The New York Stock Exchange (NYSE) in Lower Manhattan.
Spencer Platt | Getty Images
The legacy of 2020 will endure in America’s collective memory for many reasons: a deadly pandemic, a vicious presidential election.
It also brought about the worst recession in nearly a century, plunging millions into poverty and unemployment, and causing burgeoning inequality.
This financial pain has focused on specific groups, such as: These include ethnic minorities, women, low wage earners, those without a college degree, and service industry workers such as restaurant and retail jobs that require face-to-face contact. (These categories often overlap.)
“No pain at all”
To a certain extent, this dynamic plays out in all downturns. But the coronavirus-induced economic shock was unique in the way wealthy Americans recovered from the depths of the crisis.
For many of them, the recession ended months ago. They quickly recovered from lost jobs. Their wealth has never been higher when stock and property prices rose. Their disproportionate ownership of such assets means that other groups have little share in their wealth.
The result is a financial gap between having and not, which economists say has developed faster than previous downturns.
“The most marginalized groups are always the hardest hit,” said Wendy Edelberg, director of the Hamilton Project, an economic policy division of the Brookings Institution.
“But what is so unusual for many other groups isn’t that they are hit less – it’s that they don’t see any pain at all,” she said. “And they are fine.”
The different experiences of those above and below have led many economists to identify the recovery as a “K” shape.
This uneven financial pain, however, was undetectable in the early months of the pandemic recession.
Congress swiftly passed the CARES bill, a $ 2.2 trillion bailout package that supports household incomes with additional unemployment benefits and economic reviews.
Bill Clark | CQ Roll Call, Inc. | Getty Images
According to Harvard’s Opportunity Insights project, nearly 40% of the jobs for the low-paid were gone at the height of the crisis. But a $ 600 weekly increase in unemployment benefits has more than doubled household incomes for many of them.
The infusion of money helped lift millions out of poverty.
In June, there were almost 5 million fewer Americans in the ranks of the poor than there were at the beginning of the pre-pandemic year, according to researchers from the University of Chicago, the University of Notre Dame and Zhejiang University.
This may not have been the most uneven recession, but it was clearly the most uneven recovery.
Senior Economist at the Center for American Progress
But inequality blossomed as that aid dried up.
Almost 8 million people fell into poverty between June and November, the researchers found. They found that poverty rose each month during that time, and it rose most sharply among blacks, children, and those with a high school education or less.
Food insecurity has increased and more households are reporting that they are behind on bills like rent, federal data shows.
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“This may not have been the worst-case recession, but it was clearly the worst-case recovery,” said Olugbenga Ajilore, senior economist at the Center for American Progress.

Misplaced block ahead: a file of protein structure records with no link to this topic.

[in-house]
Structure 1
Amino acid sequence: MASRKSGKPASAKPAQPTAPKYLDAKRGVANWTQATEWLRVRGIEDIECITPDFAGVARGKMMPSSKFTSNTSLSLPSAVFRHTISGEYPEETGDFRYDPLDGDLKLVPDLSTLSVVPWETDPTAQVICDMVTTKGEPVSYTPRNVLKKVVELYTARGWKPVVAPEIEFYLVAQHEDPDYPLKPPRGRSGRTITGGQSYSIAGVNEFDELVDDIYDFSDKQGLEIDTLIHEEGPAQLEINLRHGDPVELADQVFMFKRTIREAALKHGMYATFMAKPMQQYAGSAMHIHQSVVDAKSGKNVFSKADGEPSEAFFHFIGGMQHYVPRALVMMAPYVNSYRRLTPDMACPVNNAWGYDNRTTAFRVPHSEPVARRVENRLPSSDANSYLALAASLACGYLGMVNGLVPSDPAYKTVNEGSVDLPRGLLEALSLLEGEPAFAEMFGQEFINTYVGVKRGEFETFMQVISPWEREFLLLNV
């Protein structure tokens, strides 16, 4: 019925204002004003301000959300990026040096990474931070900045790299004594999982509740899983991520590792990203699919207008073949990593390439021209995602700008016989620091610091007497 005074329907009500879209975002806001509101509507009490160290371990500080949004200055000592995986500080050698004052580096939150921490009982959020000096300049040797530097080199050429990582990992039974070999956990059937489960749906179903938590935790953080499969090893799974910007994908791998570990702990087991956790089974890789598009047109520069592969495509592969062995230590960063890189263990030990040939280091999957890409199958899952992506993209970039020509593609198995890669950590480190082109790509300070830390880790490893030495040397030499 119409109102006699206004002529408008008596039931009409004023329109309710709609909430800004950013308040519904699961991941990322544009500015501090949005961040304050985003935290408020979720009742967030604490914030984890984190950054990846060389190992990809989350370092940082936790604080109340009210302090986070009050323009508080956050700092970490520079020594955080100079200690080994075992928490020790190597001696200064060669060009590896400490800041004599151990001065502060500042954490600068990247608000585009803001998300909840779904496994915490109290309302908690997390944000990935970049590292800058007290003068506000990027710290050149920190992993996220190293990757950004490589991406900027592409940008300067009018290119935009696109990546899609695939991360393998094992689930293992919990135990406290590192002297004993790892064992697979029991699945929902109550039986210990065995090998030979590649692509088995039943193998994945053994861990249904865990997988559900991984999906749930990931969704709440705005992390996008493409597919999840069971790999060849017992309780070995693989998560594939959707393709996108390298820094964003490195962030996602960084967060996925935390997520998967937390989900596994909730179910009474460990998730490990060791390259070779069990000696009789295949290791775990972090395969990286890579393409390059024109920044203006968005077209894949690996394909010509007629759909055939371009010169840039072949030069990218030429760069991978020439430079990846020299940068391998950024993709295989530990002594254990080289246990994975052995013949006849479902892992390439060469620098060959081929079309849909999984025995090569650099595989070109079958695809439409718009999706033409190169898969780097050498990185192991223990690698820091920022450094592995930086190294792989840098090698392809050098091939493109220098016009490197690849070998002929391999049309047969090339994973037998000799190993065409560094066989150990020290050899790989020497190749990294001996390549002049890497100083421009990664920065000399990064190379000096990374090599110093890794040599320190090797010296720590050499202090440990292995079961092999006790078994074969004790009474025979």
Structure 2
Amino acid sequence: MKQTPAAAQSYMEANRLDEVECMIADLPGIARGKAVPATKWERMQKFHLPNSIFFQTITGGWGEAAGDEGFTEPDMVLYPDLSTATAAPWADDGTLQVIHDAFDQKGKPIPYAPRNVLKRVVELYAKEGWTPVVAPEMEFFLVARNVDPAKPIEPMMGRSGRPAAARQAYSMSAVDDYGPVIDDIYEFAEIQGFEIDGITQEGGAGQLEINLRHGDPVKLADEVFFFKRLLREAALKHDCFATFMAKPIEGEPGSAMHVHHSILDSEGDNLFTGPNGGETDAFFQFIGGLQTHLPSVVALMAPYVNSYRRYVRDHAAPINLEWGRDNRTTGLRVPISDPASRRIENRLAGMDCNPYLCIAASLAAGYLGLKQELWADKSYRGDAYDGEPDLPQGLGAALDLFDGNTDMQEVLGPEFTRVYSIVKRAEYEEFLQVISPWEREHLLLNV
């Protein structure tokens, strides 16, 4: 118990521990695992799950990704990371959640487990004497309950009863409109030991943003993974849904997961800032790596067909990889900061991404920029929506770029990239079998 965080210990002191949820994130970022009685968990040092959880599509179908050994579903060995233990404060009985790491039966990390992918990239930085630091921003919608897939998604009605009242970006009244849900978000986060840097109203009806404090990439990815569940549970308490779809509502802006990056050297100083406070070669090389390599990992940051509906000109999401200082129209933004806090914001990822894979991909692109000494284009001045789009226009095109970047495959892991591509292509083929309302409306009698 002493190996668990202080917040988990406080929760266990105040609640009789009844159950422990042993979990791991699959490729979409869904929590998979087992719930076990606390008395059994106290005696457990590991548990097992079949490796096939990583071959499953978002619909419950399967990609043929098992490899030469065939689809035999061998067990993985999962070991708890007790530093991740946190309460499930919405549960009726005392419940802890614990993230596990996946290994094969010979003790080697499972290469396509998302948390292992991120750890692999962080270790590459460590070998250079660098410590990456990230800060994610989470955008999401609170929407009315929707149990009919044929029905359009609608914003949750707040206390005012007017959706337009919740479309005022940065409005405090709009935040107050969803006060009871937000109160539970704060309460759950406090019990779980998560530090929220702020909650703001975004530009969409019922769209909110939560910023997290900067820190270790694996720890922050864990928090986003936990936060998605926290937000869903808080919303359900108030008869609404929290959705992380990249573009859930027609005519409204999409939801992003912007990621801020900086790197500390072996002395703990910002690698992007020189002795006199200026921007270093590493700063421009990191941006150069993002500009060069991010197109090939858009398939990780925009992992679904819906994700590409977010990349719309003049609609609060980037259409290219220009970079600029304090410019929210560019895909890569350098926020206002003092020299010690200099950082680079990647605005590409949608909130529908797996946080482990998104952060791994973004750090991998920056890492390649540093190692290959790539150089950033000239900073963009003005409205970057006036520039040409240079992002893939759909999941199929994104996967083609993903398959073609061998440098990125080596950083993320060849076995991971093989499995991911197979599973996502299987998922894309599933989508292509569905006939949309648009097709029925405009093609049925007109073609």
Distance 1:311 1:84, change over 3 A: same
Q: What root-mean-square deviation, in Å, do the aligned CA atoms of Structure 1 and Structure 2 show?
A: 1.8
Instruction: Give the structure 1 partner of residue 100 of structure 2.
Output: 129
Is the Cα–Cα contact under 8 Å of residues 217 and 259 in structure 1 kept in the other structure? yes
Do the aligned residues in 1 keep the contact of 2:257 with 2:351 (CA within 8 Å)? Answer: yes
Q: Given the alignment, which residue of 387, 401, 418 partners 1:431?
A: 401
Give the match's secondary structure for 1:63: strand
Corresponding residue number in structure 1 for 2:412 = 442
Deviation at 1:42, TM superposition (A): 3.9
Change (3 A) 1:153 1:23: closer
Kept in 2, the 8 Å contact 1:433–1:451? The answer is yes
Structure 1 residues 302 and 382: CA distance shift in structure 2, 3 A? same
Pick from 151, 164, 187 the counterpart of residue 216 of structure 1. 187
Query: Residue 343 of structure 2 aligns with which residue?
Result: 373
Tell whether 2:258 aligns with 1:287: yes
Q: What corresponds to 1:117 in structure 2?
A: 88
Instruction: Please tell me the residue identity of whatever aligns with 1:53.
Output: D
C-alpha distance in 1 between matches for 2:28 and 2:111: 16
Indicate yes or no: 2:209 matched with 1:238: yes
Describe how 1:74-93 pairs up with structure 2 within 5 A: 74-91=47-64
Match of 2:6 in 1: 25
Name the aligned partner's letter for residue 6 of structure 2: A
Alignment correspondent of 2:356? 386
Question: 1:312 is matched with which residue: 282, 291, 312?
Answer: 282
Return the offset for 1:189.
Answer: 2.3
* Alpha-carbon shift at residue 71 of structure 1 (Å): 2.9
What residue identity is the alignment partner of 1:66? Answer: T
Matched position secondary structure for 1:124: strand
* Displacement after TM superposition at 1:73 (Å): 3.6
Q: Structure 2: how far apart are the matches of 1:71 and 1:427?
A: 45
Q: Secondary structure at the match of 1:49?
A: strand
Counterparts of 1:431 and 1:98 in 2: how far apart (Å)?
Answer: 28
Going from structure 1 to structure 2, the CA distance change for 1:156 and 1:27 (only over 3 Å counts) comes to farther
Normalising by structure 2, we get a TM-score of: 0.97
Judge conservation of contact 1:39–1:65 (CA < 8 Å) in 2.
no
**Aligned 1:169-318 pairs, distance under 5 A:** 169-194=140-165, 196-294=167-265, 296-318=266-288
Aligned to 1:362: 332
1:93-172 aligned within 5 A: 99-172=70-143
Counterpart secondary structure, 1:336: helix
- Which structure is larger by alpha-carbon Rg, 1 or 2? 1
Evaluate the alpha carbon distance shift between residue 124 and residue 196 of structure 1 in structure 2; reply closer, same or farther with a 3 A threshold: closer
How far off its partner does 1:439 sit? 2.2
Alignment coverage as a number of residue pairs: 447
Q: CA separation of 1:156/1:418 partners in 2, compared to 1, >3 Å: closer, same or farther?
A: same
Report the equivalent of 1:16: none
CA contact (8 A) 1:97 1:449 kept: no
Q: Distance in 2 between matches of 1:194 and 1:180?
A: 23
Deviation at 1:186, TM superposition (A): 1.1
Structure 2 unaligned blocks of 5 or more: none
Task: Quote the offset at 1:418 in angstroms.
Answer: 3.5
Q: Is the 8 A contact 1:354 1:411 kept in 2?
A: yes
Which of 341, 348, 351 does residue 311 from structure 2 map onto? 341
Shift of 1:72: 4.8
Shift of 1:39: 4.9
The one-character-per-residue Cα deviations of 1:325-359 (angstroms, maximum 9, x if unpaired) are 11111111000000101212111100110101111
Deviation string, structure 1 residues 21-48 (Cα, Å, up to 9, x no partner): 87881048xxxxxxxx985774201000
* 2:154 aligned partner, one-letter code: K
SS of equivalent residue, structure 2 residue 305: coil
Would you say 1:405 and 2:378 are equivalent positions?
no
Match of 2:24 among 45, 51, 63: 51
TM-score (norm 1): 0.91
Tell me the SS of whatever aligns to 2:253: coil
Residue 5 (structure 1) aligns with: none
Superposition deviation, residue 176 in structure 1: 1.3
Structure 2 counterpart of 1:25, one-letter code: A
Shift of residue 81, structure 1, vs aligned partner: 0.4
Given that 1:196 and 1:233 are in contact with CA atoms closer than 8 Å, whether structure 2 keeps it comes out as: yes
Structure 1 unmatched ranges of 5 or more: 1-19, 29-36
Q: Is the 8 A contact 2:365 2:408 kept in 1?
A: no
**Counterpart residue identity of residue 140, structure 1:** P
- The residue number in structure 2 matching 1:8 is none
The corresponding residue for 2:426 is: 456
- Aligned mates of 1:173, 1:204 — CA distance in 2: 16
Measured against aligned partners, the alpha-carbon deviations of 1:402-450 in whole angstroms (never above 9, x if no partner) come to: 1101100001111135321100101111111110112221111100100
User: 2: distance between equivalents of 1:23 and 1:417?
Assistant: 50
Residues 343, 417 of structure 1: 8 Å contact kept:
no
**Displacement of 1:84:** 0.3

The new year could lead to a recovery in household finances and a reduction in inequality. President Donald Trump has signed a $ 900 billion aid package that will provide families with additional unemployment benefits and stimulus checks of $ 600 per person through mid-March.
Unemployment and jobs
According to Opportunity Insights, jobs among the low-paid (who earn less than $ 27,000 a year) were still nearly 20% lower than before the pandemic by mid-November. Additional unemployment benefits expired months ago.
The unemployment rate for blacks remains above 10% and at 5.9% it is almost twice as high as that of whites. Those without a university degree are also more than twice as unemployed as those with a university degree.
The official unemployment rate among women is also artificially low – more than men, women have left the workforce entirely for childcare and other duties, said Edelberg, a former chief economist in the congressional budget office.
The rich thrive
According to Opportunity Insights, the highest earners (those who earn more than $ 60,000 a year) had fully recovered from their job losses by the end of August. By mid-November, they had about 1% more jobs than before the pandemic.
Wealthy Americans tend to suffer a financial blow from their wealth of assets – stocks and property prices, for example – and do not lose earned income during recessions, economists said.
But that wealth has proven resilient in the Covid downturn.
“That’s one of the things that make this recession so unusual,” said Edelberg. “For many people the crisis is over. It is invisible to them.”
Share prices (as measured by the S&P 500 Index) fell 34% from the market low on March 23 – the fastest decline of its kind in history. But they rebounded on their fastest clip ever, erasing the losses completely by Aug. 21, less than five months later.
The S&P 500 is up 67% from the market low. The index rose more than 15% in 2020.
Property prices rose nearly 15% in November year over year, according to the National Association of Realtors. (The group measures the median price, which is right in the middle of a range.)
Wealthy Americans are spending about 5% less money than they did before the pandemic, while the low-income earners spend about 3% more, according to Opportunity Insights. This suggests that the rich may increase their savings while others cannot.
“Low-wage earners]live from paycheck to paycheck, so whatever money they get they spend on bills and food,” Ajilore said. “High income [people] may be doing less recreational activities so they are holding back the money instead of spending it. “